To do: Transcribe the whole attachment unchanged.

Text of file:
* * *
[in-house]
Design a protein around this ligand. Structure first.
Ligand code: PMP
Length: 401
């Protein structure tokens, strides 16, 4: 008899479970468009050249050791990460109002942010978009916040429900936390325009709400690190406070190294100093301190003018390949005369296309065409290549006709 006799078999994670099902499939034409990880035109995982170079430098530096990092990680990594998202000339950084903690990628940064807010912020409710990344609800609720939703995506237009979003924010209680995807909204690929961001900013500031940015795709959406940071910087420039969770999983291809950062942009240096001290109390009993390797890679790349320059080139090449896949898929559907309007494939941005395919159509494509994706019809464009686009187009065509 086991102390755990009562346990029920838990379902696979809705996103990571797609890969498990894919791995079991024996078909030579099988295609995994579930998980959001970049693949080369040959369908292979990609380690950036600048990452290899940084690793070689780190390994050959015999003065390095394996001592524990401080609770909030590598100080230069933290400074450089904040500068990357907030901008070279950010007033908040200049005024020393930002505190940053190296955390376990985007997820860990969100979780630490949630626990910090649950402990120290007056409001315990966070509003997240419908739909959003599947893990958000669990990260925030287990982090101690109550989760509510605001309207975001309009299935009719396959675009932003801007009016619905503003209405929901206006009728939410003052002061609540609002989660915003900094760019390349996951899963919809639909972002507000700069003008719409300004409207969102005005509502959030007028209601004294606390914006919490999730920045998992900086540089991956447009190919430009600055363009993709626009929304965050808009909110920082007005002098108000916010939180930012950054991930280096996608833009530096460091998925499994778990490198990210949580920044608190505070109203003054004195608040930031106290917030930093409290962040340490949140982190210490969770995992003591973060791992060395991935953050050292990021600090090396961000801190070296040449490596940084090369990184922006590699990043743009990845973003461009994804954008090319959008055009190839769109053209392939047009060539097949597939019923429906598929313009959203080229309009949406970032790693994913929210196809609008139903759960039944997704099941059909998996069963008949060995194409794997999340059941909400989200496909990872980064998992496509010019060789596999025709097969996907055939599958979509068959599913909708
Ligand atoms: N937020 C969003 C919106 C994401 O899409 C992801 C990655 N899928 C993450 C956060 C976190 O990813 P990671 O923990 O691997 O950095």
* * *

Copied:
[in-house]
Design a protein around this ligand. Structure first.
Ligand code: PMP
Length: 401
């Protein structure tokens, strides 16, 4: 008899479970468009050249050791990460109002942010978009916040429900936390325009709400690190406070190294100093301190003018390949005369296309065409290549006709 006799078999994670099902499939034409990880035109995982170079430098530096990092990680990594998202000339950084903690990628940064807010912020409710990344609800609720939703995506237009979003924010209680995807909204690929961001900013500031940015795709959406940071910087420039969770999983291809950062942009240096001290109390009993390797890679790349320059080139090449896949898929559907309007494939941005395919159509494509994706019809464009686009187009065509 086991102390755990009562346990029920838990379902696979809705996103990571797609890969498990894919791995079991024996078909030579099988295609995994579930998980959001970049693949080369040959369908292979990609380690950036600048990452290899940084690793070689780190390994050959015999003065390095394996001592524990401080609770909030590598100080230069933290400074450089904040500068990357907030901008070279950010007033908040200049005024020393930002505190940053190296955390376990985007997820860990969100979780630490949630626990910090649950402990120290007056409001315990966070509003997240419908739909959003599947893990958000669990990260925030287990982090101690109550989760509510605001309207975001309009299935009719396959675009932003801007009016619905503003209405929901206006009728939410003052002061609540609002989660915003900094760019390349996951899963919809639909972002507000700069003008719409300004409207969102005005509502959030007028209601004294606390914006919490999730920045998992900086540089991956447009190919430009600055363009993709626009929304965050808009909110920082007005002098108000916010939180930012950054991930280096996608833009530096460091998925499994778990490198990210949580920044608190505070109203003054004195608040930031106290917030930093409290962040340490949140982190210490969770995992003591973060791992060395991935953050050292990021600090090396961000801190070296040449490596940084090369990184922006590699990043743009990845973003461009994804954008090319959008055009190839769109053209392939047009060539097949597939019923429906598929313009959203080229309009949406970032790693994913929210196809609008139903759960039944997704099941059909998996069963008949060995194409794997999340059941909400989200496909990872980064998992496509010019060789596999025709097969996907055939599958979509068959599913909708
Ligand atoms: N937020 C969003 C919106 C994401 O899409 C992801 C990655 N899928 C993450 C956060 C976190 O990813 P990671 O923990 O691997 O950095």